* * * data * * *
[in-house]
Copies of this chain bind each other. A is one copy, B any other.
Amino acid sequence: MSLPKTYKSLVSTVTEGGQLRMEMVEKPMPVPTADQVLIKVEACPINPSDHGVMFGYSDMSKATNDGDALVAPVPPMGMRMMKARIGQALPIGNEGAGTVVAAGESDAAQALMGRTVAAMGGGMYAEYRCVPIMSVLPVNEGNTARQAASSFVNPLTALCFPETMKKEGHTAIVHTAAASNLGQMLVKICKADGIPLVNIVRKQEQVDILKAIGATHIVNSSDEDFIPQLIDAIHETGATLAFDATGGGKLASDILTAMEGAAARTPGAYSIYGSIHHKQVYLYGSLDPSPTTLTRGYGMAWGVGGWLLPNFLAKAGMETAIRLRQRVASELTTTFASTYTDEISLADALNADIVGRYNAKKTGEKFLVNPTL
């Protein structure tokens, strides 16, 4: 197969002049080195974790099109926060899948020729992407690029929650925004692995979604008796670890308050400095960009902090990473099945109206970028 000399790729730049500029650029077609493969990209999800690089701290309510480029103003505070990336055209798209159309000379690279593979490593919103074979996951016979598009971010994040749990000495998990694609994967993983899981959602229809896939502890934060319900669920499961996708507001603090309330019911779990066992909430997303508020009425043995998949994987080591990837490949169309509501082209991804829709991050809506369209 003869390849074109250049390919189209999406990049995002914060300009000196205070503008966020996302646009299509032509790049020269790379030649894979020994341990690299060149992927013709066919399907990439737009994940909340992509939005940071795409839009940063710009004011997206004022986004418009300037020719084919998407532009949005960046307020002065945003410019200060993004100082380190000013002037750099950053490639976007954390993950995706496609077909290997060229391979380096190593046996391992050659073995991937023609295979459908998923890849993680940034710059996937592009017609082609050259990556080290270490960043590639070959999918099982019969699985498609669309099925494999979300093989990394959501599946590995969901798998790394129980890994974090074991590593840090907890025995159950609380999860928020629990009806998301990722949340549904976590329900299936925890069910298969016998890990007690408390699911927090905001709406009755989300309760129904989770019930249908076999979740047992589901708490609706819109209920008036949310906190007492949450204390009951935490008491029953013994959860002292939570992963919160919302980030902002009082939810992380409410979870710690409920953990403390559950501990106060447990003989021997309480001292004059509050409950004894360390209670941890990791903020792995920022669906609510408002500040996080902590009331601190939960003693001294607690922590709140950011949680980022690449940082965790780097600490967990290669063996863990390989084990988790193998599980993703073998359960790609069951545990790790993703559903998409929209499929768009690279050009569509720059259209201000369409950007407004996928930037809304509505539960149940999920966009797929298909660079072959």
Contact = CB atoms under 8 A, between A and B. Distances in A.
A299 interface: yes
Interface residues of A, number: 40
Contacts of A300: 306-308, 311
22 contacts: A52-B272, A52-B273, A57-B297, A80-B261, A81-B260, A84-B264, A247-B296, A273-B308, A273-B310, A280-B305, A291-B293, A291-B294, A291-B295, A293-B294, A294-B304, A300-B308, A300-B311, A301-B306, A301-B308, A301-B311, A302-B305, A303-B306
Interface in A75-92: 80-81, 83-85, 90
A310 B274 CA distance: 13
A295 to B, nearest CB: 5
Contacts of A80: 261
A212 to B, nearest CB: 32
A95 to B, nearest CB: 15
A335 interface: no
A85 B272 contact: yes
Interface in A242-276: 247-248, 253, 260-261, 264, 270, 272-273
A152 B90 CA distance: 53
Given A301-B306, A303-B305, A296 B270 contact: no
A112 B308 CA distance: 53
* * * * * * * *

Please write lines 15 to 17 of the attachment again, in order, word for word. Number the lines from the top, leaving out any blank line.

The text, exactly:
A95 to B, nearest CB: 15
A335 interface: no
A85 B272 contact: yes